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The Market Corner: the month in review

The Market Corner: the month in review

By Filippo Lecchini

The return of the king

Often at the end of 2016 we discussed and mentioned the bottoming oil prices. At the time OPEC (https://en.wikipedia.org/wiki/OPEC) was desperate for getting a spike in demand by curbing production, often with mixed results.

Fast forward a year or so and the picture appears quite different. A production freeze is still in place, it was negotiated at the end of 2016 by OPEC to include Russia, a nonmember whose fortunes are greatly affected by oil prices, but not everybody is happy. In mid-April the President of the United States took it to Twitter concerned that “Looks like OPEC is at it again” and the 2016 low of $26 per barrel looks like a distant memory now.

To understand what happened it’s useful to go back to 2014 when oil was trading around $100 a barrel. At the time a number of US producers with a heavy cost structure increased their participation in the market and many had loans and liabilities collateralized by their oil reserves. They joined OPEC, Russia and the other producers to eventually realize that demand was not catching up to supply. Especially in a market undergoing a long term shift where alternatives to fossil fuels are becoming more viable demand cannot be thought of as a static factor and that possibly played a role too.

The sliding prices caused producers with high cost and debit in the US to exit the market. The Russian economy similarly was hit hard. All the countries and producers were forced by the glut into looking for countermeasures.

The current production freeze is negotiated to run through the end of the year but now the question is how high is too high. The conundrum has interesting implications for different types of economies. In the US oil producers like higher prices but people who have to buy gas at the pump or business for which oil is an input not so much. That’s a decentralized economy where ideally market forces determine prices. How high becomes an irrelevant question, if this was strictly a domestic issue it would be easy to say tampering only creates distortions, other countries however have different models. Saudi Arabia for example is a producer first so if the demand is sustained, higher is better. For those versed in conspiracy theories in fact the rumor is that the Kingdom would like to push the price of crude toward $100 in anticipation of the Saudi Aramco IPO.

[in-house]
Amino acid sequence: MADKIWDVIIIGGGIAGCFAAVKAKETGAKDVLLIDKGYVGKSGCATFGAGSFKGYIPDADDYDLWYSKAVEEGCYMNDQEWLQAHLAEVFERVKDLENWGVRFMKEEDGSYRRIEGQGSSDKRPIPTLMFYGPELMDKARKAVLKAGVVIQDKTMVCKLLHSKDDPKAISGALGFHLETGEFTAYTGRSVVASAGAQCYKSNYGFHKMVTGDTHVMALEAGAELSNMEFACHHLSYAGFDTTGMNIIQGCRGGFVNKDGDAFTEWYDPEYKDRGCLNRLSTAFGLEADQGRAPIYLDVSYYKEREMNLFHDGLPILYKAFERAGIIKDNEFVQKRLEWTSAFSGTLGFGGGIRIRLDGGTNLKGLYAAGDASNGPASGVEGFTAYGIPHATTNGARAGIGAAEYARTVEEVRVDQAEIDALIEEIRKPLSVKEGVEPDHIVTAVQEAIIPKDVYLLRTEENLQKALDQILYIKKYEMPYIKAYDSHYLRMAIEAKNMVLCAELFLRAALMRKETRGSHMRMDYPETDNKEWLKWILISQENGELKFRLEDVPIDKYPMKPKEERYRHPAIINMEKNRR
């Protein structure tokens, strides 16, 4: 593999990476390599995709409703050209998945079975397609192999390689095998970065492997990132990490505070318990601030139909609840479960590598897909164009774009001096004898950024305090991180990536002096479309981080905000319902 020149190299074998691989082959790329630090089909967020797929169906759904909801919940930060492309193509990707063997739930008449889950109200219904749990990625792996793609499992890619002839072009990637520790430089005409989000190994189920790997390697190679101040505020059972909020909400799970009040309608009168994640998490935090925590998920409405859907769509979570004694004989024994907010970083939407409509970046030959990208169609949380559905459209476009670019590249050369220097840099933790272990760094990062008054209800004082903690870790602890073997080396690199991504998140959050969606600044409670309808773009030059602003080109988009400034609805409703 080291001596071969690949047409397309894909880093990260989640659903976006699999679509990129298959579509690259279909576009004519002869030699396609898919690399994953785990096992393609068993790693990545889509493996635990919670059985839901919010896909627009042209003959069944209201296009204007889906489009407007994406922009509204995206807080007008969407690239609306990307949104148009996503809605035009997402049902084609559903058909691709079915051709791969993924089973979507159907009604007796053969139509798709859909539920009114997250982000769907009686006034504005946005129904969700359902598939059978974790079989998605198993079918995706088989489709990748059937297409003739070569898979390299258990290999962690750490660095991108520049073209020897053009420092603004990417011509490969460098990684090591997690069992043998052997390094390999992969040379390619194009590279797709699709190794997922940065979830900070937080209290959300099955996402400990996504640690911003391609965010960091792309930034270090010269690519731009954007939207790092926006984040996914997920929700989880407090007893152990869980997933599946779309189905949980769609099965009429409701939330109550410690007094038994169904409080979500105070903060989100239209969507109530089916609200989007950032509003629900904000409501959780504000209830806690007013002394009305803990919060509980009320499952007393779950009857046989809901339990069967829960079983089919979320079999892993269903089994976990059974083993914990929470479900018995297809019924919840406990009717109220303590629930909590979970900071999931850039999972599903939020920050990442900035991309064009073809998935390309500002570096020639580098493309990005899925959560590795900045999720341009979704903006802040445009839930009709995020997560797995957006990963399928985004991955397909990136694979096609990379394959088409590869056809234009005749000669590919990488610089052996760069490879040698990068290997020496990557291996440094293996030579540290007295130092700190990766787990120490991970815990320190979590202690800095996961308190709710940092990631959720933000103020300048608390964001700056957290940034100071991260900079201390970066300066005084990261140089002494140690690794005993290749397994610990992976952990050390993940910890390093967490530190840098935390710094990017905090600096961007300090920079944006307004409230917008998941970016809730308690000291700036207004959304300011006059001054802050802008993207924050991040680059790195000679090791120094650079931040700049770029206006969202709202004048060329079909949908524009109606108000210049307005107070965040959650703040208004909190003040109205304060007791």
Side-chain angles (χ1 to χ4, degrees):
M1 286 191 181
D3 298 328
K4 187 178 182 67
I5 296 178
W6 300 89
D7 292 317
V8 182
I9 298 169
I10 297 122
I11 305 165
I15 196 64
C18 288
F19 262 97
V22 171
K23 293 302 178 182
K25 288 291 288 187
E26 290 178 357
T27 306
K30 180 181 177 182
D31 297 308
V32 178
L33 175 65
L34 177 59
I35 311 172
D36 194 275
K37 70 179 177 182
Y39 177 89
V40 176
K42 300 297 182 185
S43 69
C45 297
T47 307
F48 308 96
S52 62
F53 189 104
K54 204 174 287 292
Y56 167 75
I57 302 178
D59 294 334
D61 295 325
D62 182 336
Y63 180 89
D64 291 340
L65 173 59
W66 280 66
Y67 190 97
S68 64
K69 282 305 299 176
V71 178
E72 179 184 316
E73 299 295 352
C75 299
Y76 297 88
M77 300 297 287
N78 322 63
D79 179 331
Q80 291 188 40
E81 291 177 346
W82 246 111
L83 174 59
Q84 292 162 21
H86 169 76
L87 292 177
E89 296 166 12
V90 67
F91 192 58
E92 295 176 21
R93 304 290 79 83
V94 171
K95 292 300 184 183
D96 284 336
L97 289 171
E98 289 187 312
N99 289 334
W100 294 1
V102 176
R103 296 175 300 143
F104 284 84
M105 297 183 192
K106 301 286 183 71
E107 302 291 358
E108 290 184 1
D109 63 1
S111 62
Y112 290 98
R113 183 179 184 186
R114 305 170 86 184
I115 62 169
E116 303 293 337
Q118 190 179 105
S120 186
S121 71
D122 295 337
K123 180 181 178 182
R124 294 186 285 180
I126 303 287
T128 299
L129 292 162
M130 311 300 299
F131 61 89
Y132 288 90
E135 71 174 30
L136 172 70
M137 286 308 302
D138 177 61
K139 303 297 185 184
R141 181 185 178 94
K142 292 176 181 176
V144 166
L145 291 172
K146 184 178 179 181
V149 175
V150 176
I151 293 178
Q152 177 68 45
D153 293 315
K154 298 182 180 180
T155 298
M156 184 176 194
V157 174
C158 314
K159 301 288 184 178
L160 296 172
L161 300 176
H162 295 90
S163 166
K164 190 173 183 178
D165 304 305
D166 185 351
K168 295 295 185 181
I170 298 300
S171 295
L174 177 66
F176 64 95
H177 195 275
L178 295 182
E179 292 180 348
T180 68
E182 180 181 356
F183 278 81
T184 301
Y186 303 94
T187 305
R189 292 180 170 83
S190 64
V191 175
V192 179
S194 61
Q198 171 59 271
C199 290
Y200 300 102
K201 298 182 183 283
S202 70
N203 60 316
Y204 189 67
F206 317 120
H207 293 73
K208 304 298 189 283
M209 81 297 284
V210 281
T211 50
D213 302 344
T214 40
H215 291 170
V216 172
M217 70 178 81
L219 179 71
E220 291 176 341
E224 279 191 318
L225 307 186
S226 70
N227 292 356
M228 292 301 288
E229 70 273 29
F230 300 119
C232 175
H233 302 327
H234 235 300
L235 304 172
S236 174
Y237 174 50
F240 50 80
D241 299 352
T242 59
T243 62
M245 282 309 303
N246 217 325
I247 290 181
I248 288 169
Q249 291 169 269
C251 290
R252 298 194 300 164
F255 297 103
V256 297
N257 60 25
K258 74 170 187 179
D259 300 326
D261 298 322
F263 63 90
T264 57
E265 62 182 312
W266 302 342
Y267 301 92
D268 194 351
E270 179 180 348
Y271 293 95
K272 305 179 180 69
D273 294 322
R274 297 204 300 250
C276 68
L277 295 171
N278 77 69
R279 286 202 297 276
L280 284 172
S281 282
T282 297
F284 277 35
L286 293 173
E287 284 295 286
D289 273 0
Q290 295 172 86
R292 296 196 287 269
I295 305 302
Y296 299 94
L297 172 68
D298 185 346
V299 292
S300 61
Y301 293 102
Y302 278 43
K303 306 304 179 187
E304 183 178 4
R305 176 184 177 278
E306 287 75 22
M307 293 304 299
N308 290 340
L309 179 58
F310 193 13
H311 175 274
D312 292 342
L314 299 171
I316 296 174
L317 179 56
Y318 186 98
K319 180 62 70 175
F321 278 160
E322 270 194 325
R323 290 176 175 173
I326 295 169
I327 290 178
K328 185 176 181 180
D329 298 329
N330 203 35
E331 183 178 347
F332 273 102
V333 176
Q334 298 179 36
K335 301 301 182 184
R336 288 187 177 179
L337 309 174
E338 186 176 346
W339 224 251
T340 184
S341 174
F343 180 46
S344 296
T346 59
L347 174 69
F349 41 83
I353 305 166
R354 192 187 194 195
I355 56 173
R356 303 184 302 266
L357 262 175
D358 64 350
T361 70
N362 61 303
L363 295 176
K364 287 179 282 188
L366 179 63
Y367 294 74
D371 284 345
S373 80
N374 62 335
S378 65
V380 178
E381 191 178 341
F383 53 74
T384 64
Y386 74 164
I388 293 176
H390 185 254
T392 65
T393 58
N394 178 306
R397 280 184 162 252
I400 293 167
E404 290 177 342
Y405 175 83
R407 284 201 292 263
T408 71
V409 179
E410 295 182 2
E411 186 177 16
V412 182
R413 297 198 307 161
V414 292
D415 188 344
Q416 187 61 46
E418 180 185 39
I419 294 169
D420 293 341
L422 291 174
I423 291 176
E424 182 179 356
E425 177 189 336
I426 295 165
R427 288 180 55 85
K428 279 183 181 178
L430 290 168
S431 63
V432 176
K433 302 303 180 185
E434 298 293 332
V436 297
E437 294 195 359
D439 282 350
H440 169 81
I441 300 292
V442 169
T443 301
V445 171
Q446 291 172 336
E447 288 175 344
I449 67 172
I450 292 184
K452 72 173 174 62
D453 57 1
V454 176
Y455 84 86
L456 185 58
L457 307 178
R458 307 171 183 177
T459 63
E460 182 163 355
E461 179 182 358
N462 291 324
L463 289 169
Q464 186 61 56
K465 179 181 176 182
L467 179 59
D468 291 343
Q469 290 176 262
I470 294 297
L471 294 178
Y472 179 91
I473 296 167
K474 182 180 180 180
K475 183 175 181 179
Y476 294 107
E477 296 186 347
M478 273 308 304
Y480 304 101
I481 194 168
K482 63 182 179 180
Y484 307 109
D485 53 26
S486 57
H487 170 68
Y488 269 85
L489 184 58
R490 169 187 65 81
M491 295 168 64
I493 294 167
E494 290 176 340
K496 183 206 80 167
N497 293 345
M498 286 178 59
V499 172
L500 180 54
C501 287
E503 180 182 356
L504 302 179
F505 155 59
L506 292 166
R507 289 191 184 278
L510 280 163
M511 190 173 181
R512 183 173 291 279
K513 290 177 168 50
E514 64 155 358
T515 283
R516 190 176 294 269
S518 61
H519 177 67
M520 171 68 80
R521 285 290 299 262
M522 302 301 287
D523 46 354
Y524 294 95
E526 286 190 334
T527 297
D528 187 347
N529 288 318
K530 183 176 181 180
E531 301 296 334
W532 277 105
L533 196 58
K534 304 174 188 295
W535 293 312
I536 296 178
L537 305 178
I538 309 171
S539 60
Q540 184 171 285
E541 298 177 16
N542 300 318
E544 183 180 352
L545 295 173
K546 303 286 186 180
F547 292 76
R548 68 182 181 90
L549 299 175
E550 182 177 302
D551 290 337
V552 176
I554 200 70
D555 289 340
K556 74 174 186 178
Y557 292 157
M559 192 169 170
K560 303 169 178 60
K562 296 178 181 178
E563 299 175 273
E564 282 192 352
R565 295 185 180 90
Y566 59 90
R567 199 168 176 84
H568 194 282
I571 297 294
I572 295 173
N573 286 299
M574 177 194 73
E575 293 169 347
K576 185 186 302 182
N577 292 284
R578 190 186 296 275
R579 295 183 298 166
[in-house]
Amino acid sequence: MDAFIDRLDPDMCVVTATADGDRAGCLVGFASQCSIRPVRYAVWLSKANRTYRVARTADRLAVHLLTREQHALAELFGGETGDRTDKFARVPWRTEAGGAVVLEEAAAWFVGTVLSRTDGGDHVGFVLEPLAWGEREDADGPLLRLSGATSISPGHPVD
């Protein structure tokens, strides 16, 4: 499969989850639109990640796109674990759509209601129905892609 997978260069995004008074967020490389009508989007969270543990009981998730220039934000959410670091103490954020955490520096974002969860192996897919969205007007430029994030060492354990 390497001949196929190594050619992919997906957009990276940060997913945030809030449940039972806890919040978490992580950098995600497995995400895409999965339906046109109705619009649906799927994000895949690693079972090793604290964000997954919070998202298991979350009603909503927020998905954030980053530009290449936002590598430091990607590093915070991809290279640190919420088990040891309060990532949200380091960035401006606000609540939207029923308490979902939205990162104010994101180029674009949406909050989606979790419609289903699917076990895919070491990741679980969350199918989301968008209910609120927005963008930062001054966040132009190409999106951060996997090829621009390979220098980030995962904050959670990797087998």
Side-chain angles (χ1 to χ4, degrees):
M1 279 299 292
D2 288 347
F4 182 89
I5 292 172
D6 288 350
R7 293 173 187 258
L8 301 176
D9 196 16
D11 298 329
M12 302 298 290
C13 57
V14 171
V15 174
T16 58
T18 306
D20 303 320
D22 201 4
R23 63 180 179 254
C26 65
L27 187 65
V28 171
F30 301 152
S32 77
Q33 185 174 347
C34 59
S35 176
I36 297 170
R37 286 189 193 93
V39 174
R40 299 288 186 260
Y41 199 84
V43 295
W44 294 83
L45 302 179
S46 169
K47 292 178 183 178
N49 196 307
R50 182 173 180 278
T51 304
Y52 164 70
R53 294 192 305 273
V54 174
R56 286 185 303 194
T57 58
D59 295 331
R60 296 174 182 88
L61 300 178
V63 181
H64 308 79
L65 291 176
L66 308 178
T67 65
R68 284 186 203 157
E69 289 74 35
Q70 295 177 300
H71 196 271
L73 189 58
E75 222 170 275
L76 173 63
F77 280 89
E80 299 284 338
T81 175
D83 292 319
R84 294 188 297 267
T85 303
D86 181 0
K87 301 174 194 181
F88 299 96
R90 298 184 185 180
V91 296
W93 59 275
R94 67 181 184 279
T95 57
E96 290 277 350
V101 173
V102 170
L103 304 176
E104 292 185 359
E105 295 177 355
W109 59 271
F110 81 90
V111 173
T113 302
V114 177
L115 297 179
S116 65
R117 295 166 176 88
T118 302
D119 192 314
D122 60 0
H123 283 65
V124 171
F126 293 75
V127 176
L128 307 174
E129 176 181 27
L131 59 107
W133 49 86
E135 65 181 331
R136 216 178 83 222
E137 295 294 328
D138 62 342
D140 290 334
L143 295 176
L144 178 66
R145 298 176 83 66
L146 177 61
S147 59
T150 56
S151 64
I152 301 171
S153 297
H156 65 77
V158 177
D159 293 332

Different forces and tensions push prices in different directions and then there is politics. The announcement that the United States will pull out of the Iran deal brings a whole new layer of complexity into this discussion. If the deal is dead, the sanctions will be back and Iran’s production will be out of the market decreasing the global supply. From there the future is uncertain: a new deal could be negotiated or the rhetoric could escalate into conflict and eventually war. There is already military tension between Iran and Israel and Iranian forces are heavily involved in several countries in the region including Syria. At that point, it would be hard to know where crude could trade and is not only the price but also the velocity of a spike. Going from $70 to $100 has different consequences if it happens in 2 months or 12.

Regardless of what happens uncertainty and volatility have returned to the market. Crude oil is back.

Looking ahead:

A rate hike at the FED meeting in June seems like a sure thing. Volatility is back in some capacity across asset classes but is not quite clear where the markets are heading next. Some people talk of a looming recession but there are no real signs coming or reasons why it should with a healthy economy, good earnings and rates historically still low. There is also plenty of optimism around the meeting between Donald Trump and Kim Jong Un scheduled for June in Singapore, even though denuclearization is far from a done deal.  Trade conflicts and possible confrontation in the Middle East on the other hand can change everything very quickly and, to add to the uncertainty, the US and Europe seem to disagree on a number of issues, which has not been the case in recent history.

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